Foale and Tuffin

1960s, barbara hulanicki, british boutique movement, carnaby street, Foale and Tuffin, gerald mccann, john bates, mary quant, personal collection, yves saint laurent

What baffles me is the inverse ratio between the rarity of Foale and Tuffin, and the prices they command. I think Marion Foale and Sally Tuffin were arguably a greater talent than Mary Quant. And they certainly knew when to call it quits and draw back gracefully from the fashion world (they both ‘retired’ in 1973 to spend more time with their families). Licensing? They wouldn’t have dreamed of it. Yes, MQ, I’m looking at you in your waterproof poncho – don’t think I can’t see you! 😉

Their early work was vibrant, youthful, fun and always exquisitely tailored. They originated trouser suits for women (yet another creative theft by Yves Saint Laurent ensured they rarely get credited for this – more rantings on him some other time…), used the ‘op art’ trend in a quirky way (rather like my other passion, John Bates) and helped build the Carnaby Street image – the driving force behind the emergence of Britain as a world leader in fashion.

They moved easily into the softer look of the late 60s and early 70s, continuing to favour Liberty prints and did all sorts of lovely frilled and flared things. In retrospect, their decision to quit in 1973 seems really rather intelligent. The mid-late 70s saw the crash and burn phenomenon of so many designers, Ossie Clark and Barbara Hulanicki at Biba being the most notable casualties. So they got out at the right time.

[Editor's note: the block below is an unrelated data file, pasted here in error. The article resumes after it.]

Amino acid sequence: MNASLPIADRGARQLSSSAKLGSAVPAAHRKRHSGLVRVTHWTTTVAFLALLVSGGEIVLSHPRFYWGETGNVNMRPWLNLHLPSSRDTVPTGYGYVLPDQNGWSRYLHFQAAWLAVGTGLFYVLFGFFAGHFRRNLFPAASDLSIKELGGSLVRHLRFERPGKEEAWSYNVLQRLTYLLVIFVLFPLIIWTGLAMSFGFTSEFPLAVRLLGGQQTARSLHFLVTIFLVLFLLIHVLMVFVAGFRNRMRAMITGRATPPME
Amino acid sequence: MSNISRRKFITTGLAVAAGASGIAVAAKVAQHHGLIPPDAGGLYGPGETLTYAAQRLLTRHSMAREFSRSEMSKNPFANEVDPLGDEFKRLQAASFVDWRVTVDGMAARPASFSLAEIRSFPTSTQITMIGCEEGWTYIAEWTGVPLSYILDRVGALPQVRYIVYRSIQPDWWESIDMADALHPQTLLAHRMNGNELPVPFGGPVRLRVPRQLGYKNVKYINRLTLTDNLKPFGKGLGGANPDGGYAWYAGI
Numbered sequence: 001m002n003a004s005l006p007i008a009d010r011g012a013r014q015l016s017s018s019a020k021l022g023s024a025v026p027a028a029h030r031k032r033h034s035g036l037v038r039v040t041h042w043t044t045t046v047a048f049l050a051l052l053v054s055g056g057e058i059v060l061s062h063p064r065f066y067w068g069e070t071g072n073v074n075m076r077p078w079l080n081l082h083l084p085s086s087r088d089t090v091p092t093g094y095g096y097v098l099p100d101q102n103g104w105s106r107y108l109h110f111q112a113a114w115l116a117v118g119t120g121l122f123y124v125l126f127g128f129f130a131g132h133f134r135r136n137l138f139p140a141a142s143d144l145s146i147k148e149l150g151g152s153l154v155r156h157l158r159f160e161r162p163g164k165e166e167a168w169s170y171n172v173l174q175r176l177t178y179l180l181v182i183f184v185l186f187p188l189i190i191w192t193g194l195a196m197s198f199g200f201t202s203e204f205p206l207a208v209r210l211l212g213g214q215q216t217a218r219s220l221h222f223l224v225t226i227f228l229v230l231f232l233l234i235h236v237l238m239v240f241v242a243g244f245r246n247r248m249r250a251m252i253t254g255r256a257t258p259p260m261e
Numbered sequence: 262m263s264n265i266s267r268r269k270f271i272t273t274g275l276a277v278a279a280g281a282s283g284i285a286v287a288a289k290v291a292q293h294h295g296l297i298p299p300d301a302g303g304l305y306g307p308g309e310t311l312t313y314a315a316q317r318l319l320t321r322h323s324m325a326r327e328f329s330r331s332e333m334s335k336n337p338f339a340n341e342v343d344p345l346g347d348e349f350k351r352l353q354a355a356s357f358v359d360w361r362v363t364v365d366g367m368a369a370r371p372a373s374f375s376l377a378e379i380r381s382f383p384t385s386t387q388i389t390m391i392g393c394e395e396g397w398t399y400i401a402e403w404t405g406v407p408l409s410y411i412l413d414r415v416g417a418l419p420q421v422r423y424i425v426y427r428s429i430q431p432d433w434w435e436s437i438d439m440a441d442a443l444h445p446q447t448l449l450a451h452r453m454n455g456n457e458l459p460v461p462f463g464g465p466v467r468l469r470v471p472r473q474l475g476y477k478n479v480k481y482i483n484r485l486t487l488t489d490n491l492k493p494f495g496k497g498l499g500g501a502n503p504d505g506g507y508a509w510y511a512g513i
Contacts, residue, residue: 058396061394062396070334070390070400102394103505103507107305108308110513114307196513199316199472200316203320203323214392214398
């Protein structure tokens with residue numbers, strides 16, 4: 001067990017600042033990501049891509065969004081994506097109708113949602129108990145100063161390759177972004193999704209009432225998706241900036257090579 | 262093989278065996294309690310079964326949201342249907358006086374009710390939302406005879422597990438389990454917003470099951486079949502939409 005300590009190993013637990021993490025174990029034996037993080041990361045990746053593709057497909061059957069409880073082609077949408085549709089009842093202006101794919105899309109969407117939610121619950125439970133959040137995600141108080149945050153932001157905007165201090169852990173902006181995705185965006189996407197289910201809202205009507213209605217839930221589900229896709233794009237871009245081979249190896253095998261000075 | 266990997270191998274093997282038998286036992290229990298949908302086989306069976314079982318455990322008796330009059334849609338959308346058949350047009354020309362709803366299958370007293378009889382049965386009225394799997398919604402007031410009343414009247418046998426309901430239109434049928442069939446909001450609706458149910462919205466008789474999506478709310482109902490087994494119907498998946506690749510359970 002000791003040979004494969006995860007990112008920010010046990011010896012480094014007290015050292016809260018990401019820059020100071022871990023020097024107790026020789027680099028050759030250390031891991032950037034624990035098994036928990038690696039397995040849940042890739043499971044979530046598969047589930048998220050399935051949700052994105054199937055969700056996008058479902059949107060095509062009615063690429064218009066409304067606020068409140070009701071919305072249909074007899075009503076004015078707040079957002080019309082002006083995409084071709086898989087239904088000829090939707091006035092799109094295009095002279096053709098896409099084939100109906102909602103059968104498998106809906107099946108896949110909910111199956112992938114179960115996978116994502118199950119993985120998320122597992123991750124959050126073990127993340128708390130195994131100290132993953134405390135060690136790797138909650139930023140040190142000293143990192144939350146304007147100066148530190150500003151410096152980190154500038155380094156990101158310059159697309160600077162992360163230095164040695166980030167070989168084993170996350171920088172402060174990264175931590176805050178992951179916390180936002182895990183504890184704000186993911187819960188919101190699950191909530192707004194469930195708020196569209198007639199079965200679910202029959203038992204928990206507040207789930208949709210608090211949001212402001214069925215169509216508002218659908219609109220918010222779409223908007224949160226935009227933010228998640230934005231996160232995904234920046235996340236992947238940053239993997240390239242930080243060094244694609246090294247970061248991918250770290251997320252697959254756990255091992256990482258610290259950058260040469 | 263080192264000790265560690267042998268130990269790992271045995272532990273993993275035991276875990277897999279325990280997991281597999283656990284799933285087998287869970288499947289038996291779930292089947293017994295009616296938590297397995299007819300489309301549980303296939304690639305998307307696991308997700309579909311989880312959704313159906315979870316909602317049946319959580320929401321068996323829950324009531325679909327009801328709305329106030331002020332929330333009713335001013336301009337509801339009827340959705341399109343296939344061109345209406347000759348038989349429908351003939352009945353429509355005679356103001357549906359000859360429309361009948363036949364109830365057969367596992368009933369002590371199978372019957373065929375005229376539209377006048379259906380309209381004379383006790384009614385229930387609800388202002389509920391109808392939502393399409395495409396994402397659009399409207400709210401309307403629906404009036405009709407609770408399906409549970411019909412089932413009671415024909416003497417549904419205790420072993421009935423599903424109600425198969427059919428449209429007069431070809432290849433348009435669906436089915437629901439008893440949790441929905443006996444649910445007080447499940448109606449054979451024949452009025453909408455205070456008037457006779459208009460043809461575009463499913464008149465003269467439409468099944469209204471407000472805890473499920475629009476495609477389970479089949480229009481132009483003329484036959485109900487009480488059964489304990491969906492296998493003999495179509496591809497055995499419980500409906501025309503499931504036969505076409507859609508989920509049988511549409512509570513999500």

Their work is fairly rare. Goodness only knows why, you can hardly miss the label! They were a popular fixture in Vogue and a big part of the Youthquake British Invasion of the USA in 1965.

Two Foales from my private collection. 1963 and 1965 respectively.

However, in recent months (after loudly bemoaning the non-existence of ANY F&T pieces in my personal collection) I seem to have accumulated a nice little collection of their work. I still sit here, look at the frocks and think; “How the HECK did I manage that?”. I have my limits as to how much I will pay for pieces for my collection, it’s just that the prices have been shockingly low for what they are. Even the recent Kerry Taylor auctions sale for Sothebys sold two Foale and Tuffin frocks (early 70s) for the opening bid of £100. I recall one of the major US auction houses sold two Foales not that long ago for a similar price.

So, while I can’t complain on a personal level that the prices aren’t really reflecting the rarity and beauty of their work – it does seem utterly wrong. Mary Quant’s work is fairly cheap these days – especially considering her cultural importance. But F&T didn’t license their names to death. So in reality, they should be making a whole lot more.

Just a little rant. I feel much the same way about Gerald McCann. I guess I’ll just have to keep collecting these labels rather than selling them! *sigh*

3 thoughts on “Foale and Tuffin